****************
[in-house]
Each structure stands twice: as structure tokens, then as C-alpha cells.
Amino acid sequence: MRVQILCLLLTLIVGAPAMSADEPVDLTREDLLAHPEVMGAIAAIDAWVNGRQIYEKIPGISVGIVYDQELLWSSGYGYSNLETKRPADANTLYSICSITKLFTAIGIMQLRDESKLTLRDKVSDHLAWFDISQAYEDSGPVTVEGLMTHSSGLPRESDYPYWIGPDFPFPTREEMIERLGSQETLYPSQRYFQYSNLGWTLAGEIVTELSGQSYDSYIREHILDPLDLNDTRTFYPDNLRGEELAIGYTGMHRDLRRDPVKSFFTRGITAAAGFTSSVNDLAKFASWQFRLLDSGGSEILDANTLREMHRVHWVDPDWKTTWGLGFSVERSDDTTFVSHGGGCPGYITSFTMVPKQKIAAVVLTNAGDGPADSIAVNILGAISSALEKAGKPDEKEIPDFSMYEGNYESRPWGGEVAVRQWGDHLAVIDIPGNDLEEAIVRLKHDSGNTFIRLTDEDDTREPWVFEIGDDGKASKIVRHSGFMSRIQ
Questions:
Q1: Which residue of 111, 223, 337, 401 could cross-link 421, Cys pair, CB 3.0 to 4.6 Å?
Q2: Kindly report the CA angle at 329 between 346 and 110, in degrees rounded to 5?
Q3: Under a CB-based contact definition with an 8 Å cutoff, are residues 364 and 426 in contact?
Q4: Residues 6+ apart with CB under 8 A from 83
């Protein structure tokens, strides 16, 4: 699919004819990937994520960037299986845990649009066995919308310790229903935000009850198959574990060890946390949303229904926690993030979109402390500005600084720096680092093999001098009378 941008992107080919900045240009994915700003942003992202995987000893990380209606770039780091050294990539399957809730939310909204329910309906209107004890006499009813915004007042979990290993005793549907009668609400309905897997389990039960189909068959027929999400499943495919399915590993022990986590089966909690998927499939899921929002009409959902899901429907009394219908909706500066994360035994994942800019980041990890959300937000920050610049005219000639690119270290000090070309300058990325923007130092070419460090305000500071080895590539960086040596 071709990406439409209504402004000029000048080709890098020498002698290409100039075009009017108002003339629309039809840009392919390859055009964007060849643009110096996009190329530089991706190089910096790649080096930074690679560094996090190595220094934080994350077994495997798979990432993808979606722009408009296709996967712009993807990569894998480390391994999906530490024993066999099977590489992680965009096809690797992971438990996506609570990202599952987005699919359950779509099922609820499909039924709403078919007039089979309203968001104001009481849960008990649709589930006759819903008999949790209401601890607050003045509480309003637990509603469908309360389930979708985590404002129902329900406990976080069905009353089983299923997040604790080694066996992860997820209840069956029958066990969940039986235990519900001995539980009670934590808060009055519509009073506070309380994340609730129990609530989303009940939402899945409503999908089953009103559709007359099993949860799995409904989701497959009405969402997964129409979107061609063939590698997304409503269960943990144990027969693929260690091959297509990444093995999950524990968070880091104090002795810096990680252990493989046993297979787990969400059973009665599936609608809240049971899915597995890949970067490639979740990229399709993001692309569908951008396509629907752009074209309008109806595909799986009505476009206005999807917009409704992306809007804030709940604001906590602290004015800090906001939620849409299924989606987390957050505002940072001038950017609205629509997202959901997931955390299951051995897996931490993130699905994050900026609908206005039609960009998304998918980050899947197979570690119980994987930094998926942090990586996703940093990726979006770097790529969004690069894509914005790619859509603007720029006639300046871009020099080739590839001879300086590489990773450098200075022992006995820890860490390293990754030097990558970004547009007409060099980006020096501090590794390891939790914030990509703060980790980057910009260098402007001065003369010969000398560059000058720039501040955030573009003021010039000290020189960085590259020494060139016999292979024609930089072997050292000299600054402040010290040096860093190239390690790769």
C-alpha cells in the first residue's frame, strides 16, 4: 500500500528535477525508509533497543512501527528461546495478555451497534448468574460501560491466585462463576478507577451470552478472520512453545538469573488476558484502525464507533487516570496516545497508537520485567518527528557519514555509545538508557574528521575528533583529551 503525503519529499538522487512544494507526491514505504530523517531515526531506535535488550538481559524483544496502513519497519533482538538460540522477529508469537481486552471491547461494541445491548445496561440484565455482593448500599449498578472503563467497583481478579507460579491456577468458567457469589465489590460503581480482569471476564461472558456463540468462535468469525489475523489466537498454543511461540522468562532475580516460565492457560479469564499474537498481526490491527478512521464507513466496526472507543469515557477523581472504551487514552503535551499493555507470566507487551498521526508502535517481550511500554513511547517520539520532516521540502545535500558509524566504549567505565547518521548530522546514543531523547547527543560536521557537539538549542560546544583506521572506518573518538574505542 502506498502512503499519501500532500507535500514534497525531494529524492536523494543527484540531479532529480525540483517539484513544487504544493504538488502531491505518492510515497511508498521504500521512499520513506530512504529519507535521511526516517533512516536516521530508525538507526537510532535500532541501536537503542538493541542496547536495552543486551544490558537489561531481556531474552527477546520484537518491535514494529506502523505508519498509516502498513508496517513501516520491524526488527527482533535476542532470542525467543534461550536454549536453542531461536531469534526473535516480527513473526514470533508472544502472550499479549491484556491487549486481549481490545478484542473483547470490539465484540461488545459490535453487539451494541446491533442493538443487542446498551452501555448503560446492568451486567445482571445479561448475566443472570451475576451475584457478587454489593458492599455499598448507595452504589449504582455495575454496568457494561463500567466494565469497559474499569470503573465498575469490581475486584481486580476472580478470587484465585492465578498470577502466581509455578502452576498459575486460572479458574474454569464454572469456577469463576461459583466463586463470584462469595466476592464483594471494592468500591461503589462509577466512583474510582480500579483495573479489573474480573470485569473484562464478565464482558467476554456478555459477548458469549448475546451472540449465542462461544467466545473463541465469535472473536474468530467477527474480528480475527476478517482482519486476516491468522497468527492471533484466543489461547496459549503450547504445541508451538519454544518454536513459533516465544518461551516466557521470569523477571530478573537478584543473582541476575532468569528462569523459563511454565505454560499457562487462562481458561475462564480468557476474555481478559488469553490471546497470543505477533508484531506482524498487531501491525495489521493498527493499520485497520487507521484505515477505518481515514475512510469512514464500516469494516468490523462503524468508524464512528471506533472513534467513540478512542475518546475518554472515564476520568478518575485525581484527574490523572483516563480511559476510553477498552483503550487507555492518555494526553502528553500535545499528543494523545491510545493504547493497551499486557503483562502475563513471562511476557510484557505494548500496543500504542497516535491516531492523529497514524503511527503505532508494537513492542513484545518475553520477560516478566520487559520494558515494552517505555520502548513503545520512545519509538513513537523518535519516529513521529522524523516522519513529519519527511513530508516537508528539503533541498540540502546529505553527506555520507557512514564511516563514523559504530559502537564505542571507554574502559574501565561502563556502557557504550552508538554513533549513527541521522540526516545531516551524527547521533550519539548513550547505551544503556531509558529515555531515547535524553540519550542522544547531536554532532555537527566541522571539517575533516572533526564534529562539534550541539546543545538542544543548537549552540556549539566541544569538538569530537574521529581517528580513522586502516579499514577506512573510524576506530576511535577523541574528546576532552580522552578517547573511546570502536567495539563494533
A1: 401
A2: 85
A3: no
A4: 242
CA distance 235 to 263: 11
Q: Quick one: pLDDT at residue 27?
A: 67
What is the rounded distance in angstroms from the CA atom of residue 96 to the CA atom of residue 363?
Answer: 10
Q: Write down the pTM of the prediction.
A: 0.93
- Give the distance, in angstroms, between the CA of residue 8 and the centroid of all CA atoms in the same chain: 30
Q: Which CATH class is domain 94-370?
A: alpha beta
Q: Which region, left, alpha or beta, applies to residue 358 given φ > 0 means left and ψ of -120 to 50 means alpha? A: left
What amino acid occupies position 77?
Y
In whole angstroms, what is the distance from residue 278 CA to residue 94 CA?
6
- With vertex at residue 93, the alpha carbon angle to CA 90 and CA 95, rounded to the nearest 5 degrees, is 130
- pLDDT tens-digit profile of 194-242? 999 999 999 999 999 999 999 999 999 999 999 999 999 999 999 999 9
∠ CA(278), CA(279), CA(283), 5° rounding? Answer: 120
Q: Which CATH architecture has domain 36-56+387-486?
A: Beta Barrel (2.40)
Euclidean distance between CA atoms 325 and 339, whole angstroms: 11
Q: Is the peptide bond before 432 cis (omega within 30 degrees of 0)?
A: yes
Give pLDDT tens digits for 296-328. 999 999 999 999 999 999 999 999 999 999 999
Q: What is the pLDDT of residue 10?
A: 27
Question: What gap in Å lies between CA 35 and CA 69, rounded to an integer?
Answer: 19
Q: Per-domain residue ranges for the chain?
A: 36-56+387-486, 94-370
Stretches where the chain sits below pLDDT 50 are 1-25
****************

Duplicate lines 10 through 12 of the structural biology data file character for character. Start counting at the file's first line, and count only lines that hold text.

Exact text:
C-alpha cells in the first residue's frame, strides 16, 4: 500500500528535477525508509533497543512501527528461546495478555451497534448468574460501560491466585462463576478507577451470552478472520512453545538469573488476558484502525464507533487516570496516545497508537520485567518527528557519514555509545538508557574528521575528533583529551 503525503519529499538522487512544494507526491514505504530523517531515526531506535535488550538481559524483544496502513519497519533482538538460540522477529508469537481486552471491547461494541445491548445496561440484565455482593448500599449498578472503563467497583481478579507460579491456577468458567457469589465489590460503581480482569471476564461472558456463540468462535468469525489475523489466537498454543511461540522468562532475580516460565492457560479469564499474537498481526490491527478512521464507513466496526472507543469515557477523581472504551487514552503535551499493555507470566507487551498521526508502535517481550511500554513511547517520539520532516521540502545535500558509524566504549567505565547518521548530522546514543531523547547527543560536521557537539538549542560546544583506521572506518573518538574505542 502506498502512503499519501500532500507535500514534497525531494529524492536523494543527484540531479532529480525540483517539484513544487504544493504538488502531491505518492510515497511508498521504500521512499520513506530512504529519507535521511526516517533512516536516521530508525538507526537510532535500532541501536537503542538493541542496547536495552543486551544490558537489561531481556531474552527477546520484537518491535514494529506502523505508519498509516502498513508496517513501516520491524526488527527482533535476542532470542525467543534461550536454549536453542531461536531469534526473535516480527513473526514470533508472544502472550499479549491484556491487549486481549481490545478484542473483547470490539465484540461488545459490535453487539451494541446491533442493538443487542446498551452501555448503560446492568451486567445482571445479561448475566443472570451475576451475584457478587454489593458492599455499598448507595452504589449504582455495575454496568457494561463500567466494565469497559474499569470503573465498575469490581475486584481486580476472580478470587484465585492465578498470577502466581509455578502452576498459575486460572479458574474454569464454572469456577469463576461459583466463586463470584462469595466476592464483594471494592468500591461503589462509577466512583474510582480500579483495573479489573474480573470485569473484562464478565464482558467476554456478555459477548458469549448475546451472540449465542462461544467466545473463541465469535472473536474468530467477527474480528480475527476478517482482519486476516491468522497468527492471533484466543489461547496459549503450547504445541508451538519454544518454536513459533516465544518461551516466557521470569523477571530478573537478584543473582541476575532468569528462569523459563511454565505454560499457562487462562481458561475462564480468557476474555481478559488469553490471546497470543505477533508484531506482524498487531501491525495489521493498527493499520485497520487507521484505515477505518481515514475512510469512514464500516469494516468490523462503524468508524464512528471506533472513534467513540478512542475518546475518554472515564476520568478518575485525581484527574490523572483516563480511559476510553477498552483503550487507555492518555494526553502528553500535545499528543494523545491510545493504547493497551499486557503483562502475563513471562511476557510484557505494548500496543500504542497516535491516531492523529497514524503511527503505532508494537513492542513484545518475553520477560516478566520487559520494558515494552517505555520502548513503545520512545519509538513513537523518535519516529513521529522524523516522519513529519519527511513530508516537508528539503533541498540540502546529505553527506555520507557512514564511516563514523559504530559502537564505542571507554574502559574501565561502563556502557557504550552508538554513533549513527541521522540526516545531516551524527547521533550519539548513550547505551544503556531509558529515555531515547535524553540519550542522544547531536554532532555537527566541522571539517575533516572533526564534529562539534550541539546543545538542544543548537549552540556549539566541544569538538569530537574521529581517528580513522586502516579499514577506512573510524576506530576511535577523541574528546576532552580522552578517547573511546570502536567495539563494533
A1: 401
A2: 85